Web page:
Bábbarra: Women Printing Culture

Ended — at The Cross Art Projects

Date & Time

Start:
End:

Women Printing Culture

Bábbarra Designs, a contemporary art textile centre in the community of Maningrida, is Aboriginal owned and governed, run by women for women. It is one of a small group of Indigenous textile-producing art centres in Australia that design, print and sew product onsite, in community. Each silk-screened length of fabric is a bold and elegant story/text that tells of the lives of the Bábbarra women: referencing the life of the land and its foods and plants, bush crafts, as well as ancestral stories, or djang / wangarr.

The innovative variation in design reflects the area’s immense cultural and linguistic diversity: the artists and artworkers are from over 12 language groups and many different clans from surrounding homelands. They come together to share cultures and stories through art, design and textile production. Bábbarra artists have trained in a number of textile mediums but most specialise in handcrafted lino-tile designs or screen printing onto fabric. Each piece is unique with varying tile and colour combinations.

Bábbarra artists are saltwater and freshwater in a region encompassing 7,000 square kilometres. Bábbarra is a word in the Ndjébbana language of the Kunibídji people on whose country the community of Maningrida lies. It is the name of a place belonging to the Dukúrrdji clan. You say ‘Bábbarra’ with the stress on the first syllable: ‘bá’.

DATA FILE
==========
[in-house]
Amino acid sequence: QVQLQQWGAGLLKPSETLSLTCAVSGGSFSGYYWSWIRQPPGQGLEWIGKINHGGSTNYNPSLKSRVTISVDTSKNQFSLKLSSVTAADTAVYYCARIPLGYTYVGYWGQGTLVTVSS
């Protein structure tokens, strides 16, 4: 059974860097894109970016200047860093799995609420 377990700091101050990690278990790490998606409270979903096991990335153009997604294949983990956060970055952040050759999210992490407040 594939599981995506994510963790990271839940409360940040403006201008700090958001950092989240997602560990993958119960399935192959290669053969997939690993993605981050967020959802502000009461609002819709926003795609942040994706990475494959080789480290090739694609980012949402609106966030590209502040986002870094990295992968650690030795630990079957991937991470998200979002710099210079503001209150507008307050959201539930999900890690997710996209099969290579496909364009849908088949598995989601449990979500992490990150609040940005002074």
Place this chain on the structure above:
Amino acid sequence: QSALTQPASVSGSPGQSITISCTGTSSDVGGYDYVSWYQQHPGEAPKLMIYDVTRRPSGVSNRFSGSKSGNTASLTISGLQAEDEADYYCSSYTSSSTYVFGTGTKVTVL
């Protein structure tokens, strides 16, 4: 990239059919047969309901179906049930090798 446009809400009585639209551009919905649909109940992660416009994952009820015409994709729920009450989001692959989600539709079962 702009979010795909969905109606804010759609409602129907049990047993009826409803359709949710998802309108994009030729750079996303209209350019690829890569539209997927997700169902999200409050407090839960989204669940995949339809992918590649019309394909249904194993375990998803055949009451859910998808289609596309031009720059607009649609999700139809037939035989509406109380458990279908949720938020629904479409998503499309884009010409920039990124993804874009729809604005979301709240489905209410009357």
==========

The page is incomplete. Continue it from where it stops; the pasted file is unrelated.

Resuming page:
Bábbarra is led by the strong voices of Bábbarra Women’s Governance Board. Bábbarra Women’s Centre has a proud history of positive social impact and works to change the narrative about the economic vulnerability of Indigenous women. From the early days, established by women as a refuge in 1983, Bábbarra has supported the lives of Aboriginal women. Bábbarra Designs, the major activity at the Women’s Centre, has been in operation since 1989. The centre provides employment and training opportunities by operating sustainable business enterprises. The centre also runs an op-shop and other activities and have refurbished five outstation women’s centres.

Importantly the senior artists mentoring less experienced artists. For example sisters Deborah and Jennifer Wurrkidj are senior artists who mentor emerging artists and have graduated from ANKA’s Artworker Training program in Darwin (as has Raylene Bonson). Lenni Goya-Airra supervises the Bábbarra production lines in clothing and homeware. Cairns-based artist Bobbi Reuben has conducted workshops in textile production. Other Bábbarra artists have collaborated with eternal artists. In 2000, Susan Marawarr collaborated with Judy Watson, a Waanyi artist and Australia’s representative at the Venice Biennale, on Watson’s public art commission for Sydney International Airport forecourt. In 2001 Susan Marawarr and Judy Watson collaborated on the group exhibition Bush Colour: work on paper by women artists from Maningrida (2001), which toured the United States with Susan promoting the work and supervising bark painting workshops. Marawarr’s work also featured in Crossing Country (the Art Gallery of New South Wales, 2004).

During discussions for Bush Colour, Susan Marawarr stated, “I print with my land on my land.” This is a strong statement about her connection to country and her culture and the links that her art has going back into the land like the trailing roots of land. Along the Oenpelli road, Susan Marawarr said, “this is my country through my father, also my brothers….we got too many country.”

Sources: statement from Bábbarra Designs, September 2017 and Talking Up Textiles: Community Fabric and Indigenous Industry, ANKA, 2013 and Bush Colour: work on paper by women artists from Maningrida(curator Judy Watson, 2001).

Participating Artists